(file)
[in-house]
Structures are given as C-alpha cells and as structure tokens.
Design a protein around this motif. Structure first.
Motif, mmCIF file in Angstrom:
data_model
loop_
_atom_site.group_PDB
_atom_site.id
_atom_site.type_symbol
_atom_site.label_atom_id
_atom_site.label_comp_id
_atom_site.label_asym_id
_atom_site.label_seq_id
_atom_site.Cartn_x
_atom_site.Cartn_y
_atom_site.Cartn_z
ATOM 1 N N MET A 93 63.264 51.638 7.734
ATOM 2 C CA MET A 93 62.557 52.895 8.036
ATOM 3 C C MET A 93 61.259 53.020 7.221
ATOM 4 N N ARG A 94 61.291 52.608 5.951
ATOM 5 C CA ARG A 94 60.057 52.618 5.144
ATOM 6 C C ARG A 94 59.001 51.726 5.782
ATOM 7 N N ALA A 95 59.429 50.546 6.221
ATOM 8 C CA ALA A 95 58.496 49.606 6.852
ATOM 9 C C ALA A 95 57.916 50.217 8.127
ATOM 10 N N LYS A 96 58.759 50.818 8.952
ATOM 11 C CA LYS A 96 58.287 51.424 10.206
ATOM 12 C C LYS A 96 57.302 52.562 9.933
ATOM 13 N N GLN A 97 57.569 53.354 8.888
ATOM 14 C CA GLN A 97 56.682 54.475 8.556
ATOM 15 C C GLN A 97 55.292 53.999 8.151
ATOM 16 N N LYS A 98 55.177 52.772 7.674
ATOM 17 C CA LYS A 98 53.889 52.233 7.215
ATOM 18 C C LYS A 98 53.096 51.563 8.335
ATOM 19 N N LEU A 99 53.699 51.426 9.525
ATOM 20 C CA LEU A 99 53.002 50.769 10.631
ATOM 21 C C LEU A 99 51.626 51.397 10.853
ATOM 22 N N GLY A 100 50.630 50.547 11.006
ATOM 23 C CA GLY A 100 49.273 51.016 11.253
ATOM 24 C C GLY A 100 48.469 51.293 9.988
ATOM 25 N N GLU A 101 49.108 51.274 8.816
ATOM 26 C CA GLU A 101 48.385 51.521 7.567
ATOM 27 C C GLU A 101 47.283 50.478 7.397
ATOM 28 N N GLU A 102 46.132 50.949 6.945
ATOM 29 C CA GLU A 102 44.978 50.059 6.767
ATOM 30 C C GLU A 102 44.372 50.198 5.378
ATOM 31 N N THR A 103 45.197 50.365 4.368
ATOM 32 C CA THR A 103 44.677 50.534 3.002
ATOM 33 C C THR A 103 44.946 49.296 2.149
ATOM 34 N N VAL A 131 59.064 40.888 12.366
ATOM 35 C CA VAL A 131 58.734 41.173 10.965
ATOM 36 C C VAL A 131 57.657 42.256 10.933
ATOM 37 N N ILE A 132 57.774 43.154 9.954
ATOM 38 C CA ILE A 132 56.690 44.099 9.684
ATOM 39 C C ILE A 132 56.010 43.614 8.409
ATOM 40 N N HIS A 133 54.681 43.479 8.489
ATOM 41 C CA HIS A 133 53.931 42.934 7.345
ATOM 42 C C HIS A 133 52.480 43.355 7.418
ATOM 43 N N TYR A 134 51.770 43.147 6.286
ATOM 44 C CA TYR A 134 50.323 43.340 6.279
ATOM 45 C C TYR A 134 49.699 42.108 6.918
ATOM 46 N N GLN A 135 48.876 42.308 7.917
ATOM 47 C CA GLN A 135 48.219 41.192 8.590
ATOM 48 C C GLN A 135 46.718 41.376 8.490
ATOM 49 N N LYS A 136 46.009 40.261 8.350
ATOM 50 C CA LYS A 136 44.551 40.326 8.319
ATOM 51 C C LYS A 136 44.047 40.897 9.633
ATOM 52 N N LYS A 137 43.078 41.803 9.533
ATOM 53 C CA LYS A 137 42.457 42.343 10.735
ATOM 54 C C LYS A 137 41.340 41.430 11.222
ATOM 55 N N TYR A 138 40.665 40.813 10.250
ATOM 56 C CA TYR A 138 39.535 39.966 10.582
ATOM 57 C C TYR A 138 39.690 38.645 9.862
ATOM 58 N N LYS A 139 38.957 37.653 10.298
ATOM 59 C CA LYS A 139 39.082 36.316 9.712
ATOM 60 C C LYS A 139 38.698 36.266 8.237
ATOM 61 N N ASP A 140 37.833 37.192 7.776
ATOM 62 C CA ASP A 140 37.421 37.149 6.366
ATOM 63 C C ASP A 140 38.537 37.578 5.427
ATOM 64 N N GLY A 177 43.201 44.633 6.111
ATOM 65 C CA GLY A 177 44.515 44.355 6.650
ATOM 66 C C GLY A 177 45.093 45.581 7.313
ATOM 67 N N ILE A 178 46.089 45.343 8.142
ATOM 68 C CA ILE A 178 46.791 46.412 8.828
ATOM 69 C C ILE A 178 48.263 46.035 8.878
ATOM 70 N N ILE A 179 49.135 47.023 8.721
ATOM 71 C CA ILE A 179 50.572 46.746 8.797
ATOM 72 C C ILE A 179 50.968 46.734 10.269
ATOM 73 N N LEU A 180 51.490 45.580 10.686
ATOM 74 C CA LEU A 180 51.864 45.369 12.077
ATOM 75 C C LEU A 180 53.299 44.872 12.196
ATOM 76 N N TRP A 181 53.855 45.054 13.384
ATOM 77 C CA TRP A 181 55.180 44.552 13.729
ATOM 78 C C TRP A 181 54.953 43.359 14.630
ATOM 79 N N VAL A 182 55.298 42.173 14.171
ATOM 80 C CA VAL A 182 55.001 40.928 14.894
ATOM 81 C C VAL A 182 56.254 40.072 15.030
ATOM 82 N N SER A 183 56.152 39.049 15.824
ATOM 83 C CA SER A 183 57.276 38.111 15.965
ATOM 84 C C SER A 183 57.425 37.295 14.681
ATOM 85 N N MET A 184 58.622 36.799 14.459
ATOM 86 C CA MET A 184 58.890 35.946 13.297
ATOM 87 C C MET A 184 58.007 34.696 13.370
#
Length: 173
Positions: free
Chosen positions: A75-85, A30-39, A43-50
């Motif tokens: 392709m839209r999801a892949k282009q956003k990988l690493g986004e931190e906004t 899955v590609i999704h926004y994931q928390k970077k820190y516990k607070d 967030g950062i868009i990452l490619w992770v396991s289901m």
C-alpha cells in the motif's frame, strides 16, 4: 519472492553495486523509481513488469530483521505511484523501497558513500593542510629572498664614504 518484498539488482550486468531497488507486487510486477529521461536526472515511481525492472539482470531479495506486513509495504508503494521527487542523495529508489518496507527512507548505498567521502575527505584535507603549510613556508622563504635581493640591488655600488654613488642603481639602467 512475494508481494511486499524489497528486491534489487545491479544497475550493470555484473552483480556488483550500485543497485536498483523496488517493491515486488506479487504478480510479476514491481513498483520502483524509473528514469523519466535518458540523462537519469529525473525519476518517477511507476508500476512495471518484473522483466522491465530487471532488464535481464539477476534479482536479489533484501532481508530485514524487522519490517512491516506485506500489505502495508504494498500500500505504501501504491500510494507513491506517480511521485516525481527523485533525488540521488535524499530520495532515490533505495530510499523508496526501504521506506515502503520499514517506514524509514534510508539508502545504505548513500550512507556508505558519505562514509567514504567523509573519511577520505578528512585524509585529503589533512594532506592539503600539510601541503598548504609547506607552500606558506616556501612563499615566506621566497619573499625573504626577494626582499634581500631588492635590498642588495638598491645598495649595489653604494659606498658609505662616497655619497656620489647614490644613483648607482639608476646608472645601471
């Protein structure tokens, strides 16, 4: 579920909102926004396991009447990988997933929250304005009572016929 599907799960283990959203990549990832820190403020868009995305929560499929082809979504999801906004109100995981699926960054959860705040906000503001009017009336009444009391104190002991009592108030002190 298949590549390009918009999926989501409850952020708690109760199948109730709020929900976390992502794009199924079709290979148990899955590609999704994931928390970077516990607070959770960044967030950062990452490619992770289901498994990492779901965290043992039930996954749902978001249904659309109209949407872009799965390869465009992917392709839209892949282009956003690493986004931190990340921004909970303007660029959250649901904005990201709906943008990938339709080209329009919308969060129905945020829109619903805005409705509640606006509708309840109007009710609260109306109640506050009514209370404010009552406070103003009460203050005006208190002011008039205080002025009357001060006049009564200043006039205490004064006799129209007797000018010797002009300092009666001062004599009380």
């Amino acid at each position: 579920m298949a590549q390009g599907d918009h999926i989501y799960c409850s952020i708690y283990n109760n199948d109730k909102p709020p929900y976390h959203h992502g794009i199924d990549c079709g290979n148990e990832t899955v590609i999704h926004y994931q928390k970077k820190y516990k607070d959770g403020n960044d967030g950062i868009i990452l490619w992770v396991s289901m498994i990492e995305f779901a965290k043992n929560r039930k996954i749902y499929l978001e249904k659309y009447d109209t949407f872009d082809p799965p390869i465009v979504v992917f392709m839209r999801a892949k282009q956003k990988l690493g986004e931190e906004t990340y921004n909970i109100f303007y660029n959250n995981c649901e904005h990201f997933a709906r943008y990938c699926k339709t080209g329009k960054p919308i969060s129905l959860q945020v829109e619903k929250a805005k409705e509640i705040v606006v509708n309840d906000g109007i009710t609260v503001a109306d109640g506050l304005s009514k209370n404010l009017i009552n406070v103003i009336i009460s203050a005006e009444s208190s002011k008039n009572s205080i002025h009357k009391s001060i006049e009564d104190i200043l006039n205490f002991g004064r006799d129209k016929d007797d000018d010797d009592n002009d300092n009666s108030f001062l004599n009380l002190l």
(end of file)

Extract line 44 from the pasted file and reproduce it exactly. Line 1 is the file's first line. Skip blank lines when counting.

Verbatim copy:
ATOM 28 N N GLU A 102 46.132 50.949 6.945